2015 Grad Reflects on Teaching Abroad
To say Leah Hiller has had an interesting year is, well, just a ridiculous understatement.
Last summer, the 2015 Augustana grad swallowed her fears, said her goodbyes, and boarded a plane bound for the Marshall Islands, a collection of 29 coral atolls in the Pacific Ocean west of Hawaii and near the equator.
She spent the next 11 months living on the island of Tobal – a tropical place with no running water, no plumbing and solar-powered electricity – teaching second through eighth graders through an organization called WorldTeach, a nonprofit dedicated to providing volunteer teachers to developing countries.
In July, she’ll return to the island to begin her second year of teaching. While she was back in the U.S. in June, we caught up with her to learn more about her experiences.
Q. Can you tell us about your journey after graduation?
A. In the spring of my senior year, I wasn’t sure what I was going to do after graduation. A friend was going to teach abroad and encouraged me to consider doing it as well. I was terrified of teaching. But, I thought maybe it would be a good thing to face my fears head on.
I also really wanted to travel abroad again. As a senior I had studied in at the University of the South Pacific in Fiji for a semester. I also studied in Italy over J-term during my sophomore year.
I applied to WorldTeach and volunteered to go to the most difficult place – I wanted to try it and I felt like I would be good at it. I signed up to go to the Marshall Islands.
The program was fully funded – I received transportation to and from the country, a living space with a host family, food and insurance.
The capitol city, Majuro, is the big city center. There, people drive cars, and there are grocery stores with many choices. For the most part, if you need something, you can find it there.
The outer islands – where I was – are completely different. The local stores have canned meat, flour or sugar, but that’s about it. There’s not a lot of extras. If you miss out, you need to wait for the next boat to come a few months later.
"The reality is, it turns out that as long as you have water and food and feel physically safe, you’re able to have a good time. It helped that it was gorgeous there, too."
— Leah Hiller '15
There was an Ethernet cord at the school I worked at. So we had access to the internet sometimes. You could send mail if you gave it to the airline pilot. He’d take it to the major city and bring it to the post office.
Q. What did you teach?
A. I taught second grade through eighth grade – English and seventh-grade math. I taught my classes in English and I’m learning to speak Marshallese.
Q. So, did you finally overcome your fear of teaching?
A. Yes. Eventually.
Q. You were a biology major at Augustana. What led you to pursue that?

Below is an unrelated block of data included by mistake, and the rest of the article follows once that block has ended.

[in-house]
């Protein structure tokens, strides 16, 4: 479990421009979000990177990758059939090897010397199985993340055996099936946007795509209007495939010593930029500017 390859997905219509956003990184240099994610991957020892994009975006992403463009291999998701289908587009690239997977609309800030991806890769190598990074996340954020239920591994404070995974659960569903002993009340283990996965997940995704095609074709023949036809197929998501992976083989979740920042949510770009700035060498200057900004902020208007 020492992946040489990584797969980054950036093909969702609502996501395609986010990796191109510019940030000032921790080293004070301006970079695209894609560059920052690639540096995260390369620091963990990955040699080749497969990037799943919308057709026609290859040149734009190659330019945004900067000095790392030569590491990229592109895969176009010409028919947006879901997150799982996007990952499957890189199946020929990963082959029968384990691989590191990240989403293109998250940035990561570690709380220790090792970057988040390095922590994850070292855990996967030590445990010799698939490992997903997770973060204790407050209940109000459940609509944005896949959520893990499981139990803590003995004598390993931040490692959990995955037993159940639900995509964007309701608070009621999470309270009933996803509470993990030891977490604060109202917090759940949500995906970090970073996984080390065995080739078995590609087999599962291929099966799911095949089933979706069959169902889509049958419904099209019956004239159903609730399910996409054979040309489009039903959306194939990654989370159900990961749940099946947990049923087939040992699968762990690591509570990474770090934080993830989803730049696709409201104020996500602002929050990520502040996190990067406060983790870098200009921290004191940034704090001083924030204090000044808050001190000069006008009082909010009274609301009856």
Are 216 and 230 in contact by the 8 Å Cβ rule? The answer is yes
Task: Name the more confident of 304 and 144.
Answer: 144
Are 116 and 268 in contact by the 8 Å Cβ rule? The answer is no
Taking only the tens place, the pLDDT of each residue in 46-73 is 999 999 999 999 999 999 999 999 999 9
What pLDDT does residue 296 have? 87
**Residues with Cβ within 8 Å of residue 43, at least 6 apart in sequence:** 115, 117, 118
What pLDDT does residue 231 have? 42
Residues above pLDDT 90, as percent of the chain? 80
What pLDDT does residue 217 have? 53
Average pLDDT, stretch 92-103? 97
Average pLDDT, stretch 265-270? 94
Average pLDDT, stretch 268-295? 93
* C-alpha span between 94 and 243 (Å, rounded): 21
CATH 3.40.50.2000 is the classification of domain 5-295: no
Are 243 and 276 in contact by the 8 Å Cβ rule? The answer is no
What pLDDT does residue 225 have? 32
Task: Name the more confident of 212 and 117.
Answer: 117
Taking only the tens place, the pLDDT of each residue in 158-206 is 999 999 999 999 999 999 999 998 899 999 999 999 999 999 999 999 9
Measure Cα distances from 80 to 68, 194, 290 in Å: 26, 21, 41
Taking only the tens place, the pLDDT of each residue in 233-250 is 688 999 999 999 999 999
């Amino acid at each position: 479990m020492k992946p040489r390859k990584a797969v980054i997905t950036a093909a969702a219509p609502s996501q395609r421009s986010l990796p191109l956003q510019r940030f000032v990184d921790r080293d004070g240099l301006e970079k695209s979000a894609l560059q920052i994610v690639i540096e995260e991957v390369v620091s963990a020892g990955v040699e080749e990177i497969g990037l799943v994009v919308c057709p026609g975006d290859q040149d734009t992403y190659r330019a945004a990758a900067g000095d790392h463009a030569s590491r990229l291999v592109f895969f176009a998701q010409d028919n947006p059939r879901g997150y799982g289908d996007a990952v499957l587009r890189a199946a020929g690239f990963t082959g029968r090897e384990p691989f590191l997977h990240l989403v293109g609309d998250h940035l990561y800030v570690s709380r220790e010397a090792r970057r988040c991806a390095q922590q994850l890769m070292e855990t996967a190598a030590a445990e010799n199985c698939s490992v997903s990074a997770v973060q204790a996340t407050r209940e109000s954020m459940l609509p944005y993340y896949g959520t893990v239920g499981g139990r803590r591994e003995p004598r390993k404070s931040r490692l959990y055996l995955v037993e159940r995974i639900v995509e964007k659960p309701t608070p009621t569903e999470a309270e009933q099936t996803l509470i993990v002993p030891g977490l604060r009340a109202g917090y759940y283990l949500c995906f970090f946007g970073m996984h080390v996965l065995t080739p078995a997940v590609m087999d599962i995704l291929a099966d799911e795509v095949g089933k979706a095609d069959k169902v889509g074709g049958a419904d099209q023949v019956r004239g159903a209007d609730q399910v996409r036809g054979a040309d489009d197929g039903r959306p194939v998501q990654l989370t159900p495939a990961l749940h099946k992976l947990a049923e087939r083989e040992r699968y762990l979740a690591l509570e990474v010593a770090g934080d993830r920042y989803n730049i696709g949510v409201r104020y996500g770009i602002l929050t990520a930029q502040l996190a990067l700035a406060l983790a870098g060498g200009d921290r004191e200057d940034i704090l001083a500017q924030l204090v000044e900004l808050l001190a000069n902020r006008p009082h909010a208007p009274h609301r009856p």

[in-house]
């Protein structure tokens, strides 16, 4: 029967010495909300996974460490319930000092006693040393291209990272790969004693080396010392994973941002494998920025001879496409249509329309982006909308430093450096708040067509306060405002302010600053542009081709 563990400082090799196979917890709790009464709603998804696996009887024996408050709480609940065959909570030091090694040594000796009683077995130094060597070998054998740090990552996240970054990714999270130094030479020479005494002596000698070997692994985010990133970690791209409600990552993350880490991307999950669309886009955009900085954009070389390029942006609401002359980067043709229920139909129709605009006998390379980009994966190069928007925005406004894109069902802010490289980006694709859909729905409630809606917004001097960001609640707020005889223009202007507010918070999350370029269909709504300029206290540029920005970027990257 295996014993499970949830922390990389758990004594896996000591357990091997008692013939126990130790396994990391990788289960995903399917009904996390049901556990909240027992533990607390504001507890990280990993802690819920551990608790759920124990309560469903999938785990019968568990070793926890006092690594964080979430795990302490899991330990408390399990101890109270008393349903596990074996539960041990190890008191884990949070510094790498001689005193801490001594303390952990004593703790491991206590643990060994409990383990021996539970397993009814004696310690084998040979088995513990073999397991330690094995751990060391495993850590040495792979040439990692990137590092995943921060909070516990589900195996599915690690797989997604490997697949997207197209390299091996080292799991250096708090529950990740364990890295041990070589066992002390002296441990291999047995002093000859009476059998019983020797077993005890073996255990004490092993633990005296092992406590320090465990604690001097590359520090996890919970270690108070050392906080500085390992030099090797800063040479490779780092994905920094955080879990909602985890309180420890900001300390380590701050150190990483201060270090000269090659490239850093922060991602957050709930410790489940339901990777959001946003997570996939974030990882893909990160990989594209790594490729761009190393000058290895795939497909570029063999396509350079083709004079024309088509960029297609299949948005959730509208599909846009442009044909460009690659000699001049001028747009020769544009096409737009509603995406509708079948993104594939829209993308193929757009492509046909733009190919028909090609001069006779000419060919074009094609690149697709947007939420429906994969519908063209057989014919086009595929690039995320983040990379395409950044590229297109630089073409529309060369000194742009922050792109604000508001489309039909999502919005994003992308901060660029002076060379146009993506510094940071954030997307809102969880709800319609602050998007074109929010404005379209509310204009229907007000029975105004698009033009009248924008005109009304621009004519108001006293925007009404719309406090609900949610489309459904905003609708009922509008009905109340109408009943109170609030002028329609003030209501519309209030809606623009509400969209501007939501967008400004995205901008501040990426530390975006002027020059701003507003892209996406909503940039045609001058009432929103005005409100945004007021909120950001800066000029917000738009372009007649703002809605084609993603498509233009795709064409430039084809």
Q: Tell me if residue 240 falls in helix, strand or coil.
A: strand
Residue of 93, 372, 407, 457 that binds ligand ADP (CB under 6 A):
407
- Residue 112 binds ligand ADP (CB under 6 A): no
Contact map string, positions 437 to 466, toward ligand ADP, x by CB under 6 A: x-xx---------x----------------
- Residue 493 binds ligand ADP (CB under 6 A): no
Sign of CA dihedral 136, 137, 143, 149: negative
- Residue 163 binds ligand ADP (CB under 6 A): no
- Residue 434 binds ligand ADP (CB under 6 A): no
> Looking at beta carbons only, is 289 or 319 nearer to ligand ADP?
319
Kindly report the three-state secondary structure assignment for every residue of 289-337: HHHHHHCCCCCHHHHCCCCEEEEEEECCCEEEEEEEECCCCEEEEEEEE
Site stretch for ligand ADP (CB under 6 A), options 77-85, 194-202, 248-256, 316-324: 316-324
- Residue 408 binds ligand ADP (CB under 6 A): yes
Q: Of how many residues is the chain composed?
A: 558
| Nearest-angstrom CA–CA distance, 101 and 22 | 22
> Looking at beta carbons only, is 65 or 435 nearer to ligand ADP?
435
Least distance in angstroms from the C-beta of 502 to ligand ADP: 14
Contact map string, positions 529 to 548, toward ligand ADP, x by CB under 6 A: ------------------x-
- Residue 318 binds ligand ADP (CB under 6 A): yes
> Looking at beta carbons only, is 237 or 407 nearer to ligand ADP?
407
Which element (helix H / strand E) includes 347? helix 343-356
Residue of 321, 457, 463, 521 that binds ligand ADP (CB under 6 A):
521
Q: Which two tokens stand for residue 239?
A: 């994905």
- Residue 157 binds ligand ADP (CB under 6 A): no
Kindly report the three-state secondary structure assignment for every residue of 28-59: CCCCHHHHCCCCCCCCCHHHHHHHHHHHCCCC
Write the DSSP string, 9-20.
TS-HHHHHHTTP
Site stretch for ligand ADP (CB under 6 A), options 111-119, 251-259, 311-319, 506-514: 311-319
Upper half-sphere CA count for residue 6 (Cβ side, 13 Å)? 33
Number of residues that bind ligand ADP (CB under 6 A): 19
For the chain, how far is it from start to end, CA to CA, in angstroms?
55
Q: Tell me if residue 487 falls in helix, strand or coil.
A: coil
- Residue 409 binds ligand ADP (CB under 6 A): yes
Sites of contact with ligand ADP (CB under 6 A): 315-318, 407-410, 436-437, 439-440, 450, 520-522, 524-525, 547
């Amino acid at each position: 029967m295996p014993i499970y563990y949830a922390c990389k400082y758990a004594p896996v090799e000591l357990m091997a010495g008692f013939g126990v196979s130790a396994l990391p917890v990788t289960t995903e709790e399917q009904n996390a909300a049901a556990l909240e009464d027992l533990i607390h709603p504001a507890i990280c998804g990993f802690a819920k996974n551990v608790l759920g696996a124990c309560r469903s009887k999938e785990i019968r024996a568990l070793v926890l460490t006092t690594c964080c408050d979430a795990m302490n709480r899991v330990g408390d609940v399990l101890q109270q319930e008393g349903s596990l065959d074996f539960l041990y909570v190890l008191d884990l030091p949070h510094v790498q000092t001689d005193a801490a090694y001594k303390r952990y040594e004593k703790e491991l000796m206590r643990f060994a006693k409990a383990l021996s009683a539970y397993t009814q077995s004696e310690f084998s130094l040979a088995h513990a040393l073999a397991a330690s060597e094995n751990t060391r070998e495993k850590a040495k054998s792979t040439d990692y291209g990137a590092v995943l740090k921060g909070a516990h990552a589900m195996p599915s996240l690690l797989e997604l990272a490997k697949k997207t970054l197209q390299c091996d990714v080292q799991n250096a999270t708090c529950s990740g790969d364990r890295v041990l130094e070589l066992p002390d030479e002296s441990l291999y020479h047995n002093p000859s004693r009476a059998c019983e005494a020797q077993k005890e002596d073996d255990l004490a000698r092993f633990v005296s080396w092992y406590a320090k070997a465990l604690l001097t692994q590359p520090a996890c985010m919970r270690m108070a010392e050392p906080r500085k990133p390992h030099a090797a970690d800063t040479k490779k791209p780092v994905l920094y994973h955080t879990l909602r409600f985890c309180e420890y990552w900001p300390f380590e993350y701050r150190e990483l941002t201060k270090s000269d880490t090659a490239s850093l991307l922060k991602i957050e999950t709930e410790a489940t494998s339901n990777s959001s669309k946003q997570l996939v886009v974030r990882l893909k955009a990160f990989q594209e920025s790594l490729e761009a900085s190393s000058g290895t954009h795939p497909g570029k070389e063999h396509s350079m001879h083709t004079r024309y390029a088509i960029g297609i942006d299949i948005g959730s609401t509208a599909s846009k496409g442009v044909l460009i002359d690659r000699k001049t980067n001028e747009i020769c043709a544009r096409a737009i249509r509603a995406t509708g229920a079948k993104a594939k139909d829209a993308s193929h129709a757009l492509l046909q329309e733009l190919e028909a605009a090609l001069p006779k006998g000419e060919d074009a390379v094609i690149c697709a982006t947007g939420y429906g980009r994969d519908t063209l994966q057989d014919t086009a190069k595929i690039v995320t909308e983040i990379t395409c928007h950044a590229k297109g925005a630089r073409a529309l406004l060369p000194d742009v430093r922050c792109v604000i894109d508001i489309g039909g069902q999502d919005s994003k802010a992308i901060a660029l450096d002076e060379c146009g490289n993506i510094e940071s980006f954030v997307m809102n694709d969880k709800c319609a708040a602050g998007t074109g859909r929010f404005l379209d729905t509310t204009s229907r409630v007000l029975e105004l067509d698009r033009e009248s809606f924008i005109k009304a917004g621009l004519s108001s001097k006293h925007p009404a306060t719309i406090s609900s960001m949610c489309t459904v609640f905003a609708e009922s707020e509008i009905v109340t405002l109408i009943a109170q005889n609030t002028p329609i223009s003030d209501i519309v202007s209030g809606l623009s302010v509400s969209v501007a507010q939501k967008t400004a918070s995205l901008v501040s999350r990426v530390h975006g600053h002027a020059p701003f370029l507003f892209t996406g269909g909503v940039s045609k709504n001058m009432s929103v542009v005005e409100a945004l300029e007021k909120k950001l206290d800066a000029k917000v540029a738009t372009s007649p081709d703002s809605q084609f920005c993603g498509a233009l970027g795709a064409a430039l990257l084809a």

A. I liked it and I thought it would be useful. I came in as a nursing major. During Bio 120, I was studying for the ecology unit and it became clear to me that that’s what I enjoyed the most. Knowing what I learned has proved useful in so many ways – I know how to research; I know how to question things.
Q. What surprised you most about the past year? Or, what have you learned about yourself over the last year?
A. There were a lot of surprises. I was surprised at how well I was able to take my liberal arts education and use it while teaching English. I minored in Classics and I also took Latin. That helped me so much with teaching English grammar.
I even found ways to use what I learned in my ceramics class. The same way I learned to roll the clay in class is the same rolling method the Marshallese people use to preserve breadfruit.
In an environment where you don’t have a lot of resources or ways to look things up, I could always fall back on the foundation of knowledge I gained from my Augustana education.
With regard to myself, I surprised myself by doing these things. For me, there was a lack of self-confidence before. I never pictured myself doing something like this. I learned that if I want to do it, I can do it.
The whole year was a huge learning experience. The culture is so different from the U.S. – I learned to look at things from a completely different point of view, how to interpret what the people are saying or doing, and how to respond in different situations.
"Most importantly, I leaned that I don’t want to be the person that says ‘Oh, I want to do that someday.’
I want to be the person that goes and does it."
— Leah Hiller '15
Q. You’re going back for another year of teaching? What led you to go back?
A. Yes, I’m going back. I want to improve on last year and make this year even better. I get to teach science next year. I have five bags of supplies to bring with me. They’ve never done an in-class experiment before – I’m looking forward to that.
Q. What does the future hold for you?
A. To me, it’s really open for me. I’ve been looking at other teaching opportunities abroad. I’ve looked at opportunities in Japan and Europe. I’d like to be abroad again. I like going and staying somewhere for a while – where you can learn the culture and the language.